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Re: 2.4.3, 1.3.2

From: Gregg Vanderheiden <gv@trace.wisc.edu>
Date: Mon, 15 Aug 2011 01:19:51 -0500
To: Loretta Guarino Reid <lorettaguarino@google.com>
Cc: adam solomon <adam.solomon2@gmail.com>, Sailesh Panchang <spanchang02@yahoo.com>, WCAG <w3c-wai-gl@w3.org>
Message-id: <408150D9-3825-404A-892F-9BB72549B5D0@trace.wisc.edu>
Adam
I think I see your question.

You are saying  "if H4 is a sufficient technique - what is it sufficient for?"   Most 'sufficient' techniques are 'sufficient to meet this SC'.    In this case  "nothing" would be sufficient if the natural reading order would be a logical reading order.    But changing it like this would 'also be sufficient to meet the SC. 

As to 1.3.2 -- how do you think it would violate 1.3.2?  

1.3.2 only require A logical reading order.  There isn't necessarily "a single logical reading order".   

For tables - there are usually two (or more) logical reading orders.  In fact sometimes I have presented tables in two fashions for accessibility (though that is definitely not required)


Gregg
--------------------------------------------------------
Gregg Vanderheiden Ph.D.
Director Trace R&D Center
Professor Industrial & Systems Engineering
and Biomedical Engineering
University of Wisconsin-Madison

Co-Director, Raising the Floor - International
and the Global Public Inclusive Infrastructure Project
http://Raisingthefloor.org   ---   http://GPII.net








On Aug 15, 2011, at 1:11 AM, Loretta Guarino Reid wrote:

> I think you are saying that because the default tab order would conform to WCAG, there is no need for a technique that changes the tab order.
> 
> But changing the tab order is permissible under WCAG as long as the resulting order "makes sense". And if the author thinks that changing the tab order improves the usability, we want to make it clear that this still conforms. So although the author did not need to change the tab order in any of the H4 examples, changing it in these ways does not violate WCAG.
> 
> Is there something different about tabindex in HTML5? If not, we may not need an additional technique. We may just need to see whether H4 applies to HTML5, as well, or can be modified so that it is clear that it also applies to HTML5.
> 
> On Sun, Aug 14, 2011 at 11:03 PM, adam solomon <adam.solomon2@gmail.com> wrote:
> I guess I am just missing something. I still feel that sufficient techniques, though not being the only option for satisfying a success criterion, do in fact come to correct some deficiency in the web page. Sure, there are other ways to do it, but the deficiency needs to be addressed one way or the other. In H4, there is no deficiency by WCAG standards. Since the reading order is acceptable (if it weren't, we couldn't use this technique anyway since it violates 1.3.2), the focus order must also be acceptable by definition, and the added benefit of reading one person at a time in the bride/groom example adds no WCAG success to the web page, and addresses no WCAG deficiency.
> If you all still think that this is a valid technique, then I will draft the html5 technique in accordance with this one, and hopefully have it ready for this week's meeting.
> 
> 
> 
> On Mon, Aug 15, 2011 at 8:51 AM, Loretta Guarino Reid <lorettaguarino@google.com> wrote:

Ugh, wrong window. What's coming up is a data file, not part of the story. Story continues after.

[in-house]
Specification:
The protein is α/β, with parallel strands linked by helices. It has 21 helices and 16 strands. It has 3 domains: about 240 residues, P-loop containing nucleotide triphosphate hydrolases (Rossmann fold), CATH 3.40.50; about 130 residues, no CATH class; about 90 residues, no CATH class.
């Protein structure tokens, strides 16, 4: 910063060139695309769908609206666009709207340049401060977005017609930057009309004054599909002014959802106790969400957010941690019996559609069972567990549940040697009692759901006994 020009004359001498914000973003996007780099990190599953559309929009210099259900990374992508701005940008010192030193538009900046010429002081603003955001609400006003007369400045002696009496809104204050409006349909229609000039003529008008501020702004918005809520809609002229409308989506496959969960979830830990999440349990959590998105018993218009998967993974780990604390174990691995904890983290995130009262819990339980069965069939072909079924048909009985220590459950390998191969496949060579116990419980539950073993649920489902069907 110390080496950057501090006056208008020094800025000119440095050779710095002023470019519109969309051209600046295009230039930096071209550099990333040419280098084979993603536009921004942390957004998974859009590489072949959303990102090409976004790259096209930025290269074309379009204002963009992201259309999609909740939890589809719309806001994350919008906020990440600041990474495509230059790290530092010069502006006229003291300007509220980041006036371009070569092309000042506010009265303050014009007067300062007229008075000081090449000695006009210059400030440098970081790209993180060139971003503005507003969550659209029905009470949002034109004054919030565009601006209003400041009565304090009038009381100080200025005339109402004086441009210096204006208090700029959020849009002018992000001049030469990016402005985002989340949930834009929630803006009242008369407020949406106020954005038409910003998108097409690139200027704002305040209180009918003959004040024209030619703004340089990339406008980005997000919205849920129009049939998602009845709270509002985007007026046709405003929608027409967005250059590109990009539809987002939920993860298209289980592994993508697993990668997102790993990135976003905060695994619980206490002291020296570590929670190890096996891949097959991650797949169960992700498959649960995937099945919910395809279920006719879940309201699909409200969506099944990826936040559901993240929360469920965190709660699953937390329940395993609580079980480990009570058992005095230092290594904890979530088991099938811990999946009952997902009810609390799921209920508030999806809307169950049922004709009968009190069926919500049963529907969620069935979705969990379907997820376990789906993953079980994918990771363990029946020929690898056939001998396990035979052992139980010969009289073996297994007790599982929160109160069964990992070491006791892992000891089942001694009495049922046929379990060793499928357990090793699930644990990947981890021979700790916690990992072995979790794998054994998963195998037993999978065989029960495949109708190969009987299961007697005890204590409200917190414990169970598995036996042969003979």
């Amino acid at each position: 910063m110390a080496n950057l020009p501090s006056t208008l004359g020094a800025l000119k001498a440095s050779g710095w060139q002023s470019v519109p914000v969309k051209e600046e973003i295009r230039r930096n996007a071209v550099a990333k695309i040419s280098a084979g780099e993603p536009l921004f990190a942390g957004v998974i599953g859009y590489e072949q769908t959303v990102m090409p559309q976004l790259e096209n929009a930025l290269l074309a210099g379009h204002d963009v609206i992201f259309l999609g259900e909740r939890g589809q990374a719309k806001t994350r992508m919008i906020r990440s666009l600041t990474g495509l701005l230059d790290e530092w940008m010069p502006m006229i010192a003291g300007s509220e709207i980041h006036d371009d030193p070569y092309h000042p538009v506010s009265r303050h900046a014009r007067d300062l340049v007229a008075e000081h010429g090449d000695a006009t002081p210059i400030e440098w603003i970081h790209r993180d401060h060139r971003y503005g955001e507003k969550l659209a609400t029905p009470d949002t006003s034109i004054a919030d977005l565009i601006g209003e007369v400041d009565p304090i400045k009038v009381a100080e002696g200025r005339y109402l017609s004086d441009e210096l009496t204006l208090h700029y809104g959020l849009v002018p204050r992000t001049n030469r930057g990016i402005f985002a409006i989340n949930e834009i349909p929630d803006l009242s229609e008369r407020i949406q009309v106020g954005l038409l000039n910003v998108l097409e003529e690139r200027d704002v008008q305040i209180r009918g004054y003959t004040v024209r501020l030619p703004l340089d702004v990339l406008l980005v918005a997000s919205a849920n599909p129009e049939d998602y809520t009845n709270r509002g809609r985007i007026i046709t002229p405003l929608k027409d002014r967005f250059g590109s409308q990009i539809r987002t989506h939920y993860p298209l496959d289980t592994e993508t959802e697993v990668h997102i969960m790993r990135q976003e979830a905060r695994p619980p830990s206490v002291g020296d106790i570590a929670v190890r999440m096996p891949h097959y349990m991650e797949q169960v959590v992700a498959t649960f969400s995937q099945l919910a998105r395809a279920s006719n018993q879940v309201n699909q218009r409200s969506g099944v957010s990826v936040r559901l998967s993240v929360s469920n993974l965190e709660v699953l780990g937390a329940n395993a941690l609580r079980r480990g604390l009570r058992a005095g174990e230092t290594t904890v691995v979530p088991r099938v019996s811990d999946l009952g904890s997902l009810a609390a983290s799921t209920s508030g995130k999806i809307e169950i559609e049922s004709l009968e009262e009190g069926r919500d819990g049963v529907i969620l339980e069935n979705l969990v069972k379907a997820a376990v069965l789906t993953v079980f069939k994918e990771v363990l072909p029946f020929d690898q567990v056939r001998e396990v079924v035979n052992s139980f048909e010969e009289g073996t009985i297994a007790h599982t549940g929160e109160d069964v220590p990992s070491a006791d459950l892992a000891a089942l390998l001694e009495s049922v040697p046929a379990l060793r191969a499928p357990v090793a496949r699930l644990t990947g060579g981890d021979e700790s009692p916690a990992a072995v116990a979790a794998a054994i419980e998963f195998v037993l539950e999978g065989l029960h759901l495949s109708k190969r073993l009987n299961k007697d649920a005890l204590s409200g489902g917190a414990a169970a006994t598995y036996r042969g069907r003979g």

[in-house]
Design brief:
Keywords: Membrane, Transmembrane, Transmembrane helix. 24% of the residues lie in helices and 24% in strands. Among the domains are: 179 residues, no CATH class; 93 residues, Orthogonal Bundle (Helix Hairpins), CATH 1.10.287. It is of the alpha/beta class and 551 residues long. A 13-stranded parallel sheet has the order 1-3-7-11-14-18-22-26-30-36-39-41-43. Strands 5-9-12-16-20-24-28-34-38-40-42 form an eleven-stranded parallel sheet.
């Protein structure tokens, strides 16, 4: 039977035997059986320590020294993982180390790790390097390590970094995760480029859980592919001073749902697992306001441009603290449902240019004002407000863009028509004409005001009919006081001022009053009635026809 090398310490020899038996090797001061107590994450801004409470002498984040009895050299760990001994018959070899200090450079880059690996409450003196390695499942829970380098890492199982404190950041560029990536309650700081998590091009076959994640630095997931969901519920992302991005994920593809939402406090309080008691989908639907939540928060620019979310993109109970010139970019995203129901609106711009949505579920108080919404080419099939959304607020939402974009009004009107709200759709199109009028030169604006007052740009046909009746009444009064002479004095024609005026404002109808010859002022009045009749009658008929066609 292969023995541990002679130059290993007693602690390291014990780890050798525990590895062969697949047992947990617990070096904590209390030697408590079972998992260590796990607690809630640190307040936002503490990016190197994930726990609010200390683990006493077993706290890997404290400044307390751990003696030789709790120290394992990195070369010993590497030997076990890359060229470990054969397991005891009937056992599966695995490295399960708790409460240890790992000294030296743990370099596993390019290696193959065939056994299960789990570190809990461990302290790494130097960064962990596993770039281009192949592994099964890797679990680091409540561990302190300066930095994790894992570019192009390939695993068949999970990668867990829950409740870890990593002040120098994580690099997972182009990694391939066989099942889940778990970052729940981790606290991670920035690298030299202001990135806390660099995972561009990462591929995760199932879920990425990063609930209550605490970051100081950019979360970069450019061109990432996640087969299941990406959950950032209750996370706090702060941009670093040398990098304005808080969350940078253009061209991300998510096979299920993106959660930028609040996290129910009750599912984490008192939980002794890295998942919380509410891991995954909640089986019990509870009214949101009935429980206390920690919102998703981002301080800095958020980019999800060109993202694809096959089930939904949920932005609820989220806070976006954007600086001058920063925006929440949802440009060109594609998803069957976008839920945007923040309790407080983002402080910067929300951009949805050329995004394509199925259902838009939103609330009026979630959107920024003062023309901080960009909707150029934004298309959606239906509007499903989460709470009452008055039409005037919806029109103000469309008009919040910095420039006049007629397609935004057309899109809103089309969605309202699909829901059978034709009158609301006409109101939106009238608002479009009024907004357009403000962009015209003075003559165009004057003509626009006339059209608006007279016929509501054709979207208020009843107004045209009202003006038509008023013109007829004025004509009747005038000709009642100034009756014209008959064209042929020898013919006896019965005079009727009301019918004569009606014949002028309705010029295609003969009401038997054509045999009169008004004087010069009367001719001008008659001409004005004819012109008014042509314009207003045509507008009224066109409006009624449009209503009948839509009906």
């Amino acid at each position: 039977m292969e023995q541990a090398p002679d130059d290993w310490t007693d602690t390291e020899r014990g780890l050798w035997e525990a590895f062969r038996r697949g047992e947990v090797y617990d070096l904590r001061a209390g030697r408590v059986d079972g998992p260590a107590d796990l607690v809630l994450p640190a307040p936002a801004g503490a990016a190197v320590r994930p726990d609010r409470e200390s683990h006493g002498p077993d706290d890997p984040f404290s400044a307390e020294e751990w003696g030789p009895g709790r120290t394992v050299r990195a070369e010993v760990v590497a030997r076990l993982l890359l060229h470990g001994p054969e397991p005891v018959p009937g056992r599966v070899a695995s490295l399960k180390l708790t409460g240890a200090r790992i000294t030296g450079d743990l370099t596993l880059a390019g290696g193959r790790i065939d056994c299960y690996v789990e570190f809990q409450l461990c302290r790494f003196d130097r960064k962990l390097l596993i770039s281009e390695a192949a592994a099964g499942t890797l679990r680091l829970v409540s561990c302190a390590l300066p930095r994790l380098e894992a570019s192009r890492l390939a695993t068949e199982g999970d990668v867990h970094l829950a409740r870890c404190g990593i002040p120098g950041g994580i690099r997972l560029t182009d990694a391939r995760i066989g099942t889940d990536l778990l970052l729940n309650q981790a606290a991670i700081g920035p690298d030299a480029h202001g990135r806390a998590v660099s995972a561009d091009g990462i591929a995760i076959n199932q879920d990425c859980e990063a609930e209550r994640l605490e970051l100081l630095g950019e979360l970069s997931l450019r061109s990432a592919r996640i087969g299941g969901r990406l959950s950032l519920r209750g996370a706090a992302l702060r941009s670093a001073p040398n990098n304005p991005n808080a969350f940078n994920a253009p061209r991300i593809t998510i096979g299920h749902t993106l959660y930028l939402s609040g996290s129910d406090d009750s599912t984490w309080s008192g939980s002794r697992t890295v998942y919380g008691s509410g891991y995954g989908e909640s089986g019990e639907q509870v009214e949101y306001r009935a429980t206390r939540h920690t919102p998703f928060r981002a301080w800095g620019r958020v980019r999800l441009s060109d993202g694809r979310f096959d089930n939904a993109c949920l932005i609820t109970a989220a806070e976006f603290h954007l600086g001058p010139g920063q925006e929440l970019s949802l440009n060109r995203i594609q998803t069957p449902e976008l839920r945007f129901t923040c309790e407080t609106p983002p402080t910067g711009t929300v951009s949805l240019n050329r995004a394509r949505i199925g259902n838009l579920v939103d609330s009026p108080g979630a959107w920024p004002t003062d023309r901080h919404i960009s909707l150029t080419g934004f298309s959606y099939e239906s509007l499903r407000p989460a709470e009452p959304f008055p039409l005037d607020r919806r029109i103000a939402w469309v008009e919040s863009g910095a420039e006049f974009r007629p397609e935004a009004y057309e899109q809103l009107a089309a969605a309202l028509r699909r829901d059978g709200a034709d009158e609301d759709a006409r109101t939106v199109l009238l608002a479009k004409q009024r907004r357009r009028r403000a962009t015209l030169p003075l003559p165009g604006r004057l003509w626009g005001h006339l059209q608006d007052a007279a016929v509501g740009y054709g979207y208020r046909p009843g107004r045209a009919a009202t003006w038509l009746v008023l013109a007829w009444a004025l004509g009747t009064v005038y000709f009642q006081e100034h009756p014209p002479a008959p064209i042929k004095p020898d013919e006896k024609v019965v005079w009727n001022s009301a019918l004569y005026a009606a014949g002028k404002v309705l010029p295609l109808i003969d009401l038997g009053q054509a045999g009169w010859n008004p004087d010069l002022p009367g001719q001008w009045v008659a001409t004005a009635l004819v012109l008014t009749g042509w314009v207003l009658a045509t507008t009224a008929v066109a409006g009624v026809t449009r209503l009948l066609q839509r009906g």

> Adam, I am still having trouble understanding why you think the inclusion of the HTML tabindex technique is a problem. 
> 
> I think you are claiming that it is unnecessary? That it is always possible to use a different technique to satisfy the success criterion? Am I understanding that correctly?
> 
> Loretta
> 
> 
> 
> On Sun, Aug 14, 2011 at 10:46 PM, adam solomon <adam.solomon2@gmail.com> wrote:
> Sailesh,
> If one would expect to fill out the form one person at a time, would the default table layout (not taking into consideration focus order) not violate 1.3.2? After all, the programmatically determined reading order would read the cells of the table row by row, not person by person. If so, then this is not a sufficient technique. 
> We must then conclude that there is no violation of 1.3.2, and the author's tabindexing is only a preference, in which a case this technique is totally irrelevant.
> Either way, there is a problem. 
> 
> On Mon, Aug 15, 2011 at 6:07 AM, Loretta Guarino Reid <lorettaguarino@google.com> wrote:
> 
> 
> On Sun, Aug 14, 2011 at 8:03 PM, Sailesh Panchang <spanchang02@yahoo.com> wrote:
> Loretta,
> In principle, if you content:
> >But the use of H4 is not required for SC 2.4.3...
> Then why is it listed as a sufficient technique?
> 
> Because it is sufficient. You may use it, but you may use some other sufficient technique.
>  
> Adam,
> Well in that example of groom and bride, without tabindex, one may content that reading order is meaningful. But if one navigates across fields row-wise, it does affect meaning or operation. As I said in my last email, the intent is not to compare first names but actually enter data into a form. I imagine most would want to be done with data for one person then  input data for the next. While filling out paper forms too,I'd complete the form for person#1 and then person#2 and not fill out first name for person#1 then jump to form for the other chap and fill out his first name. That is not logical. On a Web page the fields may be placed next to each other visually but they are meant to be navigated "logically" for person#1 and then #2. It is not the author's choice or reading  order... the author is constrained by layout / design and must use tabindex (h4) to ensure navigation does not affect operation.
> Sailesh
> 
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Received on Monday, 15 August 2011 06:20:22 GMT

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